Description

    TECHNICAL FIELD OF THE DISCLOSURE
  • The present disclosure relates generally to spinal implants. More particularly, the disclosure concerns articulating variable cross-link or transverse connecting devices useful in spinal implants.
  • BACKGROUND OF THE DISCLOSURE
  • Modem spine surgery often involves the use of spinal implants to correct or treat various spine disorders and/or to support the spine. Spinal implants may help, for example, to stabilize the spine, correct deformities of the spine, facilitate fusion, or treat spinal fractures. Typical spinal implants may include rigid (i.e., via a fusion procedure) support for the affected regions of the spine. Such spinal implants limit movement in the affected regions (e.g., in a fused region) in virtually all directions.
  • Prior spinal implants typically use elongated members to support parts of the spine. The rods usually do not provide much protection against torsional forces or movement. Efforts have been made to address that concern. One solution is to connect elongated members using cross-link devices. Conventional cross-link devices, however, have many weaknesses. For example, conventional cross-link devices are inflexible and provide a very limited range of motion. Thus, a surgeon using conventional cross-link devices cannot readily adjust the spinal implant according to each patient's needs and anatomy. Furthermore, because a surgeon has to adjust a relatively large number of fasteners during the surgery, the installation of a conventional cross-link device can be time consuming, which is highly undesirable.
  • Document US 2006/0064093 A1 discloses a spinal stabilization system according to the preamble of claim 1.
  • Documents US 2007/0049932 A1 , US 6,589,243 B1 , US 2007/00473294 A1 and US 2004/0172022 A1 disclose a variety of spinal stabilization systems that comprise a cross-link provided by a rod-like element connected to receiving elements that are fixed at opposing sides of a vertebra.
  • It is an object of the present invention to provide a spinal sterilization system that reliably stabilizes the spine of a patient and that is easy to implant.
  • Said object is achieved by a spinal stabilization system with the features of claim 1.
  • Preferred embodiments of the invention are set forth in the dependent claims.
  • SUMMARY OF THE DISCLOSURE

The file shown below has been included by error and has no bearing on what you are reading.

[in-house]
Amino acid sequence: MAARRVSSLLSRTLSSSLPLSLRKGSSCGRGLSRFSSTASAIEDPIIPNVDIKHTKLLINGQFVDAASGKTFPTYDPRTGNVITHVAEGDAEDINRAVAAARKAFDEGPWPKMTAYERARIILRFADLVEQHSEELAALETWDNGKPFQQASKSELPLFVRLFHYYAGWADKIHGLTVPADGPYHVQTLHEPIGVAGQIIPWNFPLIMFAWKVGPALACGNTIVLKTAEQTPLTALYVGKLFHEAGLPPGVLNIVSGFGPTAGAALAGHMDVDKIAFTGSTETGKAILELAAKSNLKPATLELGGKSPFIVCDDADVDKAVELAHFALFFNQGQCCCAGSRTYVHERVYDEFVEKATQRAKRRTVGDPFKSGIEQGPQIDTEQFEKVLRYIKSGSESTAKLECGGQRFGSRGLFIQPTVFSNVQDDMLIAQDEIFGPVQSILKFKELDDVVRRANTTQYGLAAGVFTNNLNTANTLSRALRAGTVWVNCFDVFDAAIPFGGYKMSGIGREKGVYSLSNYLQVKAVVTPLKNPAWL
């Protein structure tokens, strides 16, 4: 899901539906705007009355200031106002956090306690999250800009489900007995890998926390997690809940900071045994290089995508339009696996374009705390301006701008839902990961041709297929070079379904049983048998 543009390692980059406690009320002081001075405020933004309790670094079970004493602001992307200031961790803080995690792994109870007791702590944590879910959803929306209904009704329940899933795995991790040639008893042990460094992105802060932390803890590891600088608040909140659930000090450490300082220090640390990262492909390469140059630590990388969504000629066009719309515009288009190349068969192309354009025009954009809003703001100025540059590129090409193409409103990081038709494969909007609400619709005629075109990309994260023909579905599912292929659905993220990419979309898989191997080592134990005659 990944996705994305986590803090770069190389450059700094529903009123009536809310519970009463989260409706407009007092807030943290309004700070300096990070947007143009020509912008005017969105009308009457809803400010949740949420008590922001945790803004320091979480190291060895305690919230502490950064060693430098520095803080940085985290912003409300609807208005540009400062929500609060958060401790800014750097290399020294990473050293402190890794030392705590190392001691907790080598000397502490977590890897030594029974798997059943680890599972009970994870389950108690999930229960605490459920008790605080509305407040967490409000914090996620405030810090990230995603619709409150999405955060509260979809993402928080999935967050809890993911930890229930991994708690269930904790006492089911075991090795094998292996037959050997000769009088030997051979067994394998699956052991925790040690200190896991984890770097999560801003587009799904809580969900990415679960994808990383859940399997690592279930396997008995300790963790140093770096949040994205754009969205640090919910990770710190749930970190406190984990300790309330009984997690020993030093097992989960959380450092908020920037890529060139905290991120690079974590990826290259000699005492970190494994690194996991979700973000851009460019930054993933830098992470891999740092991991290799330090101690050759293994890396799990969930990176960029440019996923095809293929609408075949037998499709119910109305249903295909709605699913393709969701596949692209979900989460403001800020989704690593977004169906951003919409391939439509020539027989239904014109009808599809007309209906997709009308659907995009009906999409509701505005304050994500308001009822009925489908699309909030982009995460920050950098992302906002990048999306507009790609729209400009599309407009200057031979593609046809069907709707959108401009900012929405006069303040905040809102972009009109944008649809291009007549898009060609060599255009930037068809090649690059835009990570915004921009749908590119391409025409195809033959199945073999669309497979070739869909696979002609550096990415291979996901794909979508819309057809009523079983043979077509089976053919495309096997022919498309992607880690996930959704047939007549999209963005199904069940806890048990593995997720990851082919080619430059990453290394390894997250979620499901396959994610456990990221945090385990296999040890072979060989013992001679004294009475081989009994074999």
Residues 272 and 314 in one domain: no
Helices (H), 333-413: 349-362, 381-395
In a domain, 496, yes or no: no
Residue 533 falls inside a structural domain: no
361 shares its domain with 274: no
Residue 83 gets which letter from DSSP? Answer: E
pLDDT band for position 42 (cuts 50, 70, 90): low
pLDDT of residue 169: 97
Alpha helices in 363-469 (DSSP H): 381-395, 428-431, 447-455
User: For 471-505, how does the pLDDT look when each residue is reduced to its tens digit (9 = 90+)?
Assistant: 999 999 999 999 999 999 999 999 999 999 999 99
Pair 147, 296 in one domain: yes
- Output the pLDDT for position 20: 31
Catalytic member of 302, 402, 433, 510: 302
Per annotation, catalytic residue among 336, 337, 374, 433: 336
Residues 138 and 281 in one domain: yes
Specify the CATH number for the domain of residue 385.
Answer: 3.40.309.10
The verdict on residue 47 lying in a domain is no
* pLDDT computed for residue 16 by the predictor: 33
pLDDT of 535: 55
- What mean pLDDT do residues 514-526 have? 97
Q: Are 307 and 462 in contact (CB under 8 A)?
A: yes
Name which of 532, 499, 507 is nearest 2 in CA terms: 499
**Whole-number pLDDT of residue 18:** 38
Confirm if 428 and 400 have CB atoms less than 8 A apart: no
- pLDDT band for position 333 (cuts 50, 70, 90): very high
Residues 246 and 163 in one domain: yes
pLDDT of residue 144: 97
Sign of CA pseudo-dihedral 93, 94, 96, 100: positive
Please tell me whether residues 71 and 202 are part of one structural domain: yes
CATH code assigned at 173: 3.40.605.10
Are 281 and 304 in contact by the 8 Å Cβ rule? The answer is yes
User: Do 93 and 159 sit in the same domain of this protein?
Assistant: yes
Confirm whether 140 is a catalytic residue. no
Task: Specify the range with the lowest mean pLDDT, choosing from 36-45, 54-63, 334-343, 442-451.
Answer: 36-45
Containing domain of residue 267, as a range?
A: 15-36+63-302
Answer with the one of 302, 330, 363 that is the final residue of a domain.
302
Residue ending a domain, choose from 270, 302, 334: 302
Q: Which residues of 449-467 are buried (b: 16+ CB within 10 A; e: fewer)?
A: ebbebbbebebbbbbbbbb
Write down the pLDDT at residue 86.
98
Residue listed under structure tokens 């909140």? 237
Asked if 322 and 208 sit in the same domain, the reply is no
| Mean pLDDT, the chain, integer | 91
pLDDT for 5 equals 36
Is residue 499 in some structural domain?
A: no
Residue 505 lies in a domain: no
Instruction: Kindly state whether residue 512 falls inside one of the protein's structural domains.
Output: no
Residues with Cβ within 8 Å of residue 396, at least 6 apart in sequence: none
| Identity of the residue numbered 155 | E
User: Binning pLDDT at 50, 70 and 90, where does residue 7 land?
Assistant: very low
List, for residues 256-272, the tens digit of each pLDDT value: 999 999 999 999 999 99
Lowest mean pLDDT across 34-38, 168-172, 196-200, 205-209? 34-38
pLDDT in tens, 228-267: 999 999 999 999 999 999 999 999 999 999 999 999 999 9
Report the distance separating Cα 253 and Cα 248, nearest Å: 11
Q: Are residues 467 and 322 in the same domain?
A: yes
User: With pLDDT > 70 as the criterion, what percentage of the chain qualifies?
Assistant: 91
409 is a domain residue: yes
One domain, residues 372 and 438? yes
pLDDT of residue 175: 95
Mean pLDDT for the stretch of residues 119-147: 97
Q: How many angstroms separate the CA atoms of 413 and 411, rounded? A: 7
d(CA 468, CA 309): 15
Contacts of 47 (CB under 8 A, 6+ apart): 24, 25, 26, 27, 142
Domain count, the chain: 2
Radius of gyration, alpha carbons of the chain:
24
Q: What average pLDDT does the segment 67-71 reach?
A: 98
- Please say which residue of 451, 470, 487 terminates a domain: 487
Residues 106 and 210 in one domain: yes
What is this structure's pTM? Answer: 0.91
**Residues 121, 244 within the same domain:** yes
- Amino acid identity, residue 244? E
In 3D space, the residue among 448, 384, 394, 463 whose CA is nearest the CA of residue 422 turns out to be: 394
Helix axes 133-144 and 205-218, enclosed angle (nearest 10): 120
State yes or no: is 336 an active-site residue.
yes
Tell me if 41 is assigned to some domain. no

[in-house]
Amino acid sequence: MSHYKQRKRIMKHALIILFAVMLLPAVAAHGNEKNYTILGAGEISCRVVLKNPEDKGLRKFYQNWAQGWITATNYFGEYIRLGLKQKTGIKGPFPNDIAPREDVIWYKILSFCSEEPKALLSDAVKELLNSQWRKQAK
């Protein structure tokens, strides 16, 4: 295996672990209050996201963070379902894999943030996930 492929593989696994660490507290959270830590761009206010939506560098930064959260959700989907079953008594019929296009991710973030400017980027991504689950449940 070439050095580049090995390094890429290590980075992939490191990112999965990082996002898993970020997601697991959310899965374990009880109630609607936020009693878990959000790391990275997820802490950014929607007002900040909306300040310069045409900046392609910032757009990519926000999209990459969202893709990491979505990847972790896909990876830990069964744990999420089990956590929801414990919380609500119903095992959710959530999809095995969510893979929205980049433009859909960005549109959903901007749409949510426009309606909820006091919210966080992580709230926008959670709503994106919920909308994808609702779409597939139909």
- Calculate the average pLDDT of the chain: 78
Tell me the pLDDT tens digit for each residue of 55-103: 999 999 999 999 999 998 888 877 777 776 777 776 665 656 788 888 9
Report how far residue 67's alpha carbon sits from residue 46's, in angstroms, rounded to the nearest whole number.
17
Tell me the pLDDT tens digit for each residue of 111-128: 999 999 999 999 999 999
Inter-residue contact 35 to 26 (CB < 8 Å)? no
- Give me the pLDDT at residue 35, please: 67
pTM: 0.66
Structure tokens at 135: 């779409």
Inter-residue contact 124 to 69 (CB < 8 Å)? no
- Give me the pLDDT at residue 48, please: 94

• A method for percutaneously attaching a cross link in a spine stabilization system in a minimally invasive spine stabilization procedure may involve guiding a fixed portion of a cross-link through an incision to an elongated member positioned on a first side of the spine, and connecting the fixed portion to the elongated member, guiding an adjustable portion through an incision to an elongated member positioned on a second side of the spine and connecting the adjustable portion to the second elongated member, and advancing a transverse portion of the fixed portion a selected length in the adjustable portion to form a cross-link having a selected length. The step of guiding a fixed portion of a cross-link may include connecting the fixed portion to the distal end of a sleeve; and advancing the distal end of the sleeve to position the fixed portion on the first elongated member. The step of guiding an adjustable portion of a cross-link may include connecting the adjustable portion to the distal end of a sleeve and advancing the distal end of the sleeve to position the adjustable portion on the second elongated member. The step of connecting the adjustable portion to the distal end of a sleeve may include threadably engaging the adjustable portion to the sleeve. The step of guiding a fixed portion of a cross-link may include threadably engaging the fixed portion to the distal end of a positioning tool, and advancing the distal end of the positioning tool to position the fixed portion on the first elongated member. The step of guiding a fixed portion of a cross-link may include inserting a guide wire into a cannulated passage in the fixed portion, advancing the guide wire into a first incision in the body, advancing the guide wire near an elongated member and advancing the fixed portion into the body via the guide wire. The guide wire may remain stationary and the fixed portion may advance along the guide wire. The guide wire comprises one or more features for engaging the fixed portion and the fixed portion is advanced by advancing a portion of the guide wire through the body. The step of advancing a transverse portion of the fixed portion a selected length in the adjustable portion may include inserting a portion of the guide wire in a cannulated passage in the adjustable portion, and advancing the transverse portion of the fixed portion into the adjustable portion via the guide wire. The guide wire may remain stationary and one or more of the fixed portion and adjustable portion may advance along the guide wire. The method may include advancing a portion of the guide wire out a second incision and advancing an adjustable portion into the body via the guide wire, using a cannulated passage in the adjustable portion. The step of connecting the adjustable portion to the second elongated member may include advancing a distal end of a driver through the sleeve, connecting a driver to a tool portion of a connection member on the adjustable portion, and rotating the driver, wherein the connection member is advanced to connect the adjustable member to the elongated member. The step of advancing a transverse portion of the fixed portion a selected length in the adjustable portion may include engaging, by the adjustable portion, one or more engagement features on the transverse portion. In one embodiment the one or more engagement features comprises a helically wound thread on the transverse portion and the transverse portion advances a selected length in the adjustable portion by rotating a bearing comprising a complementary thread engaged with the helically wound thread. In one embodiment the one or more engagement features comprises a series of notches on the transverse portion, and the transverse portion advances a selected length in the adjustable portion by pulling the end of the transverse portion, and a ratchet in the adjustable portion engages one or more of the series of notches. In one embodiment the one or more engagement features comprises a series of teeth on the transverse portion, and the transverse portion advances a selected length in the adjustable portion by rotating a gear on the transverse portion meshed with one or more of the teeth.